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As the resident artist at EcoHealth, I pen verse these days inspired by the specter of future pandemics; for my dissertation at Amerika-Institut of LMU München, where I edit a weekly circular on poetry, I'm anatomizing the prosody of E. A. Robinson's sonnets—I also teach English, tutor composition, and lead a literary circle.

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The Story of the Ashes and the Flame

by E. A. Robinson

No matter why, nor whence, nor when she came,
There was her place. No matter what men said,
No matter what she was; living or dead,
Faithful or not, he loved her all the same.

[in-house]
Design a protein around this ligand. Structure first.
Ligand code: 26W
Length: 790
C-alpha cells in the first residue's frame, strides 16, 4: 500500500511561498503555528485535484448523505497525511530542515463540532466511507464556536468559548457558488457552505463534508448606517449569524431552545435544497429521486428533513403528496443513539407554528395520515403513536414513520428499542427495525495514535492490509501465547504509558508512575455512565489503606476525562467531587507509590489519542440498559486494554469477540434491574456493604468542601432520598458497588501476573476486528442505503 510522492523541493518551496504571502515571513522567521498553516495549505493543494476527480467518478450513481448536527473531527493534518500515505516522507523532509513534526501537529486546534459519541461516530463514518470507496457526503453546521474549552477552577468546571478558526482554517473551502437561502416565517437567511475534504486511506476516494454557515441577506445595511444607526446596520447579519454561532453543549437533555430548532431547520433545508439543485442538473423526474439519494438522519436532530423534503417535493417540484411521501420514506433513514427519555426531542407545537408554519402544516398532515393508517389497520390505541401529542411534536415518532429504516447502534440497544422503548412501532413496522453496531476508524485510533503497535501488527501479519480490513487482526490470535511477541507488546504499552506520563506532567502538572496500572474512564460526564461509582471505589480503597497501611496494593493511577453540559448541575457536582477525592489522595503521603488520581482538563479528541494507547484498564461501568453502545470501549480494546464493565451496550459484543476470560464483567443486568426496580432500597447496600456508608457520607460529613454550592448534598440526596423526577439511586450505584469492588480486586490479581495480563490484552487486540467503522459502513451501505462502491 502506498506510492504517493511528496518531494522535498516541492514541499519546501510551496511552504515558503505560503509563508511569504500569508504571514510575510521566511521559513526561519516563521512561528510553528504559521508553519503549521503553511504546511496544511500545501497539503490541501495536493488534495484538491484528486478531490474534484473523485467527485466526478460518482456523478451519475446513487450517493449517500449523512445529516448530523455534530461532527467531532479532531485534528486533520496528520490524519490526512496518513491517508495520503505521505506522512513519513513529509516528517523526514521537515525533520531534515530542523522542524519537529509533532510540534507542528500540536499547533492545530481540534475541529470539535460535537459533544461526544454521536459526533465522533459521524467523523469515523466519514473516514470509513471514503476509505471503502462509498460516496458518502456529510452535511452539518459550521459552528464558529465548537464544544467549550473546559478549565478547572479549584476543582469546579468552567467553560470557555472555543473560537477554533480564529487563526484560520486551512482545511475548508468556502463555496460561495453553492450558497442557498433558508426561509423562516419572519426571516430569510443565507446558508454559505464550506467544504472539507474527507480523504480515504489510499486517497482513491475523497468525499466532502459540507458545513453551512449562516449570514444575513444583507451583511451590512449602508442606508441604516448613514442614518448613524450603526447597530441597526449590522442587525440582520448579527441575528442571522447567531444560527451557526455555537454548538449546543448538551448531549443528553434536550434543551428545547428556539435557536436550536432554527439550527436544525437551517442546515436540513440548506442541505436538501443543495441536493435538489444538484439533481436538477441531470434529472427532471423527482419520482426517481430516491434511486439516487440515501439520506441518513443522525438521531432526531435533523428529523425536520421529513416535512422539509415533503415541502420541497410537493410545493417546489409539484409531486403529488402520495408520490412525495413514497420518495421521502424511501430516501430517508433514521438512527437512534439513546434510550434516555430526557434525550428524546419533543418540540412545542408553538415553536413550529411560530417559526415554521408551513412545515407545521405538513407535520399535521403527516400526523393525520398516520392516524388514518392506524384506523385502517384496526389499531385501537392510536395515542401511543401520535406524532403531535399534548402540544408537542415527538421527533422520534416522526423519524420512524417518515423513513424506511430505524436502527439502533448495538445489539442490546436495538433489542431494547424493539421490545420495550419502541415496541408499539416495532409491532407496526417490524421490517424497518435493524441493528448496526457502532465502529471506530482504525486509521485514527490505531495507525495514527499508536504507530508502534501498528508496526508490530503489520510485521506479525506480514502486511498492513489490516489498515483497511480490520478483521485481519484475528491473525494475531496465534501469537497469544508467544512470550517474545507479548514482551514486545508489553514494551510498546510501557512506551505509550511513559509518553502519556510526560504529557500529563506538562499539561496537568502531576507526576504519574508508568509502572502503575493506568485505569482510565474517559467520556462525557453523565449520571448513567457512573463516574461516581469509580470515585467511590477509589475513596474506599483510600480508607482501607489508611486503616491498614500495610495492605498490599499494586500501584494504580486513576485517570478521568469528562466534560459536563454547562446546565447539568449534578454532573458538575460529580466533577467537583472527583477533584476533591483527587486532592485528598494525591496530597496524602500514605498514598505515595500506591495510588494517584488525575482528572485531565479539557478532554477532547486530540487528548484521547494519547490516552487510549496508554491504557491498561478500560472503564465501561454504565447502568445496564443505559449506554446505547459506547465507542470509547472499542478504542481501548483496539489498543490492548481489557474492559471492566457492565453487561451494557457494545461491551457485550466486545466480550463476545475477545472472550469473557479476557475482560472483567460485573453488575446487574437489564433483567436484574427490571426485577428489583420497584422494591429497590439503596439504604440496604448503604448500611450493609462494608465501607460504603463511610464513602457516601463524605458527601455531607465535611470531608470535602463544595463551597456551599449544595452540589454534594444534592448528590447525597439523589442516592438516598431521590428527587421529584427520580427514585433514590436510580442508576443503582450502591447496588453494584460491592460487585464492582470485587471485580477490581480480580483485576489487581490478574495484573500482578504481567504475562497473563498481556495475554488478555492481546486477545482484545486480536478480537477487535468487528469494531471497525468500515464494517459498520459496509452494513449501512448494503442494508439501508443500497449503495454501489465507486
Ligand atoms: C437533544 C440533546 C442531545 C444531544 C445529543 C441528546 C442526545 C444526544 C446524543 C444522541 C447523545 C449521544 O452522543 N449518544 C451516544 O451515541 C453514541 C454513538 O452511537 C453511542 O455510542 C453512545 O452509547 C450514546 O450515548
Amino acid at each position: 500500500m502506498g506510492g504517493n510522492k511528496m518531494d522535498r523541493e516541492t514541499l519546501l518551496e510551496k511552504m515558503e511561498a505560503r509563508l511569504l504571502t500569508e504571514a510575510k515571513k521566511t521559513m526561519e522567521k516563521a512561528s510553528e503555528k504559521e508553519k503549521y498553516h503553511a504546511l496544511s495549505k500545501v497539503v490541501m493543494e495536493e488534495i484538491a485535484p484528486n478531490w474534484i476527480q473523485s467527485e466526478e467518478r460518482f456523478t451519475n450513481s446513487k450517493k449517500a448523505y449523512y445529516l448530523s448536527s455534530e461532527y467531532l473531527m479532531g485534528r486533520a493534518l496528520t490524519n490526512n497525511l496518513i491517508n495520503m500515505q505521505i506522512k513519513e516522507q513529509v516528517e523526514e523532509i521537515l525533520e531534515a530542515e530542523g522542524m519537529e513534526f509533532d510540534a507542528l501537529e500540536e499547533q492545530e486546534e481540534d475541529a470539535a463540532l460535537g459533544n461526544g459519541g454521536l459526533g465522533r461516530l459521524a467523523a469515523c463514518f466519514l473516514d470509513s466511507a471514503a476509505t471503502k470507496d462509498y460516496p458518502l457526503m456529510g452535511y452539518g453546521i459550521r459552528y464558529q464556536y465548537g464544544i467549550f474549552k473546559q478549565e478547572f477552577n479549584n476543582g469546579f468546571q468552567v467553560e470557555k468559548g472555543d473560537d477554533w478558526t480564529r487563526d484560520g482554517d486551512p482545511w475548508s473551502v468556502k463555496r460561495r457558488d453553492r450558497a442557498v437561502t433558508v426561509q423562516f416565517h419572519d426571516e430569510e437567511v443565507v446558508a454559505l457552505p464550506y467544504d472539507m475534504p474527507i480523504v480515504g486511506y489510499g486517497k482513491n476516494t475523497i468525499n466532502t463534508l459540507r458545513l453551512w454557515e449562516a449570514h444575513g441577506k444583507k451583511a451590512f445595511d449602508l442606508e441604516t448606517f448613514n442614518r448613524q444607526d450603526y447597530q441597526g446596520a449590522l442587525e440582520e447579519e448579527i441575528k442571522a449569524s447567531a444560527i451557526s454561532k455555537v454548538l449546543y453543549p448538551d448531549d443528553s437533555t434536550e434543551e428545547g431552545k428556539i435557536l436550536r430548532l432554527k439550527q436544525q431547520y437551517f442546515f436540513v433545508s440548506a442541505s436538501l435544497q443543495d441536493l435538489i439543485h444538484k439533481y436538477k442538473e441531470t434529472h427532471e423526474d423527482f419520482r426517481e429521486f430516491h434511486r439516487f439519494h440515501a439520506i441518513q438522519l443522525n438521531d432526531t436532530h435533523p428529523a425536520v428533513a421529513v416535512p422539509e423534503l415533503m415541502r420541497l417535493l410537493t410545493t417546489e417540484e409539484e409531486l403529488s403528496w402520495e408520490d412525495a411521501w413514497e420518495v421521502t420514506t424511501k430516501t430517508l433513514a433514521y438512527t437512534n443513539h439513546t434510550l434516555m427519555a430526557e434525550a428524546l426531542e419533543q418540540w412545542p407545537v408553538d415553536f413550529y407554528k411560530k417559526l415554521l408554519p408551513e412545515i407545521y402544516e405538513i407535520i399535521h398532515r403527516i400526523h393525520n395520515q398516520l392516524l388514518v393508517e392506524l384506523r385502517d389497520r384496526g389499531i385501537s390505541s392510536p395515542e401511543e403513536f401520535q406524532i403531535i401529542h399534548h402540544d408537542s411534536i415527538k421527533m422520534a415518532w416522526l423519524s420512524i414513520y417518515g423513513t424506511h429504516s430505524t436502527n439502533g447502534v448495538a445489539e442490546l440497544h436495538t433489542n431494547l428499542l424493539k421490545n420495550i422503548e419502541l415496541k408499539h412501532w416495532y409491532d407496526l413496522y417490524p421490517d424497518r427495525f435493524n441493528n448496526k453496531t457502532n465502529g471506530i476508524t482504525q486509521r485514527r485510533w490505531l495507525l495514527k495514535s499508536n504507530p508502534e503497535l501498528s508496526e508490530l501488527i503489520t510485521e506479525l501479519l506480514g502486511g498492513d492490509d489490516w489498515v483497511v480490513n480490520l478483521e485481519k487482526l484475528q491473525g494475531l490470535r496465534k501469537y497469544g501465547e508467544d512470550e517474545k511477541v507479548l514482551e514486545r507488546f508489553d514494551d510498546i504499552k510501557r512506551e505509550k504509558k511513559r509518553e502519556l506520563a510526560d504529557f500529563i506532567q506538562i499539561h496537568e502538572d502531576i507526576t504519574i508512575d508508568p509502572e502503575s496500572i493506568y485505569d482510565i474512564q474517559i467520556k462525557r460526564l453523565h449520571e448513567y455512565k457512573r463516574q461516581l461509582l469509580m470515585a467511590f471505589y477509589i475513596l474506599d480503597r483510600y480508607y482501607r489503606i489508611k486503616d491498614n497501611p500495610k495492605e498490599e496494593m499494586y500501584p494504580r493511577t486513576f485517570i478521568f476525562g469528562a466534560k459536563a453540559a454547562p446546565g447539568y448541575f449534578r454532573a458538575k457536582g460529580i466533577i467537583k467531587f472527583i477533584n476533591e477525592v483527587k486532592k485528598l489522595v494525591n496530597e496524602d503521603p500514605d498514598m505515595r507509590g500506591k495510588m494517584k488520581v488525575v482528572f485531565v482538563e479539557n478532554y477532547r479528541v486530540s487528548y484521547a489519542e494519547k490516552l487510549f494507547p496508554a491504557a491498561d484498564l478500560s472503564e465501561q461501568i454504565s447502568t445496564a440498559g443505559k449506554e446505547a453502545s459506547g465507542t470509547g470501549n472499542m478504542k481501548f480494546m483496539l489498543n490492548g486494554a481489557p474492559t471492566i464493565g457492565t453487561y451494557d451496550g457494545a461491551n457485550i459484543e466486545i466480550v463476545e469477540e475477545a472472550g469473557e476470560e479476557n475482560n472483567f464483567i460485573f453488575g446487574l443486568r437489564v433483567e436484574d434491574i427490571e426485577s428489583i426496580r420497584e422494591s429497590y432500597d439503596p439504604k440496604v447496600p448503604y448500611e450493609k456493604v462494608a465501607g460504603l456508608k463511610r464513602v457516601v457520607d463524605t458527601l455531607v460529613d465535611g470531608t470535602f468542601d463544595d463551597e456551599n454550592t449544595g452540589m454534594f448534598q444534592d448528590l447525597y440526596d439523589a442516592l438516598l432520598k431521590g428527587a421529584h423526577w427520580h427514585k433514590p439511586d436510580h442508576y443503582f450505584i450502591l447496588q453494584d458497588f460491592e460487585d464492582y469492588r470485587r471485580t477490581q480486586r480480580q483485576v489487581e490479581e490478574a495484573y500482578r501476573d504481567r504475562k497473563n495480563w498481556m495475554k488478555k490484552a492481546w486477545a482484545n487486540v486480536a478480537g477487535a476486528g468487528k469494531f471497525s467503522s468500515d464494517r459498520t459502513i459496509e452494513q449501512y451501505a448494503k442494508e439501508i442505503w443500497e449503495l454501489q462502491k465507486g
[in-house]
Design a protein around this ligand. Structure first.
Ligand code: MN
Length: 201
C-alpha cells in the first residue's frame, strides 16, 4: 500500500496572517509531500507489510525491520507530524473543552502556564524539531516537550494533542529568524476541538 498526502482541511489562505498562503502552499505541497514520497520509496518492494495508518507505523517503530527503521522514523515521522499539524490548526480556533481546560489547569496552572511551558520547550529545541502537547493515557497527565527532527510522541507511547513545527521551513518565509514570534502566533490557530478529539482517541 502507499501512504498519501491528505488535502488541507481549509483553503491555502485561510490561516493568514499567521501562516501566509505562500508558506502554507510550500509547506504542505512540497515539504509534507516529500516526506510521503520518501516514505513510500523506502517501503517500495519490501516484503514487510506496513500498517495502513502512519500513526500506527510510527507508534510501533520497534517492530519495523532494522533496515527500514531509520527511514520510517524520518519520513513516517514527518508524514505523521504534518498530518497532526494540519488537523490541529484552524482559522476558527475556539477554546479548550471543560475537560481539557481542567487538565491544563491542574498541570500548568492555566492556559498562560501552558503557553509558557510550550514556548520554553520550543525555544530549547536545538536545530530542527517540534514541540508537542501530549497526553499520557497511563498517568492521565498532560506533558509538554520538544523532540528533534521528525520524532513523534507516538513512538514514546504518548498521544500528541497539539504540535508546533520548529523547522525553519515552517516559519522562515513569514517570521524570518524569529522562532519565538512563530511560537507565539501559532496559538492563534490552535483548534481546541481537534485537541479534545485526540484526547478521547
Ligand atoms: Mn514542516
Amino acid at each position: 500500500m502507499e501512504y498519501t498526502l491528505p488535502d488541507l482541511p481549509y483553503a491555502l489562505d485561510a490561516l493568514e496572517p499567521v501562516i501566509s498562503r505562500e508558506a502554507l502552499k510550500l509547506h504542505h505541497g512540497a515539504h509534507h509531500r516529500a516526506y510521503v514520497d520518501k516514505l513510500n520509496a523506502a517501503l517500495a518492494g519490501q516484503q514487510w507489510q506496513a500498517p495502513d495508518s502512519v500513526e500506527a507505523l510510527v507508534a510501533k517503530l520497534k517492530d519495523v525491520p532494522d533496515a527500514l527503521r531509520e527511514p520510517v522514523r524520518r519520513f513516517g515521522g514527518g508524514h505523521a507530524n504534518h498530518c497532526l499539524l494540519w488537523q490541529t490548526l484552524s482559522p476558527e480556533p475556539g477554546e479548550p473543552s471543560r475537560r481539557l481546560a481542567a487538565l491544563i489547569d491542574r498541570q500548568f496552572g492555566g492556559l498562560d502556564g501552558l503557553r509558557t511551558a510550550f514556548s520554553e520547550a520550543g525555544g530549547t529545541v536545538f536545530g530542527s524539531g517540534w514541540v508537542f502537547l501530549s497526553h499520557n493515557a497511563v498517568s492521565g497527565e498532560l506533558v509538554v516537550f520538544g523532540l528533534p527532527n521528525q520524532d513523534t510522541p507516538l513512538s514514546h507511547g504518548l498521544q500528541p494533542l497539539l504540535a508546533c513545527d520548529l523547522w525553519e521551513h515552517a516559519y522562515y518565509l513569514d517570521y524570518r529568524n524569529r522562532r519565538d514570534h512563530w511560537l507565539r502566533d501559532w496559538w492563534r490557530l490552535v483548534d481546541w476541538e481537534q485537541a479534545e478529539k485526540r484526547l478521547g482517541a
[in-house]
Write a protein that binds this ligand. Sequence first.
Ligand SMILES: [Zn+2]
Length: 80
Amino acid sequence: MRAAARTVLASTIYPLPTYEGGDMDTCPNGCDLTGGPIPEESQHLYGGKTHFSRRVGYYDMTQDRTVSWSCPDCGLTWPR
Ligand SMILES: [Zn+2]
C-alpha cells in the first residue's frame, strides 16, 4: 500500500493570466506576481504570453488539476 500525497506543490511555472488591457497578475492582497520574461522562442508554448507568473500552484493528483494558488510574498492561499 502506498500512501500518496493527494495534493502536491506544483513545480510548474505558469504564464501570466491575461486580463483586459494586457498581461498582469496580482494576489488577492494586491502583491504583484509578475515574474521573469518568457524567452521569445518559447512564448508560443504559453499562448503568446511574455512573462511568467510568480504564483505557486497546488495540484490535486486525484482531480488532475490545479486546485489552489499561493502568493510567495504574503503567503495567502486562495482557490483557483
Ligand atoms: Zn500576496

The story was as old as human shame,       
But ever since that lonely night she fled,
With books to blind him, he had only read
The story of the ashes and the flame.
 
There she was always coming pretty soon
To fool him back, with penitent scared eyes       
That had in them the laughter of the moon
For baffled lovers, and to make him think—
Before she gave him time enough to wink—
Her kisses were the keys to Paradise.

Note:  A recitation can be heard here.

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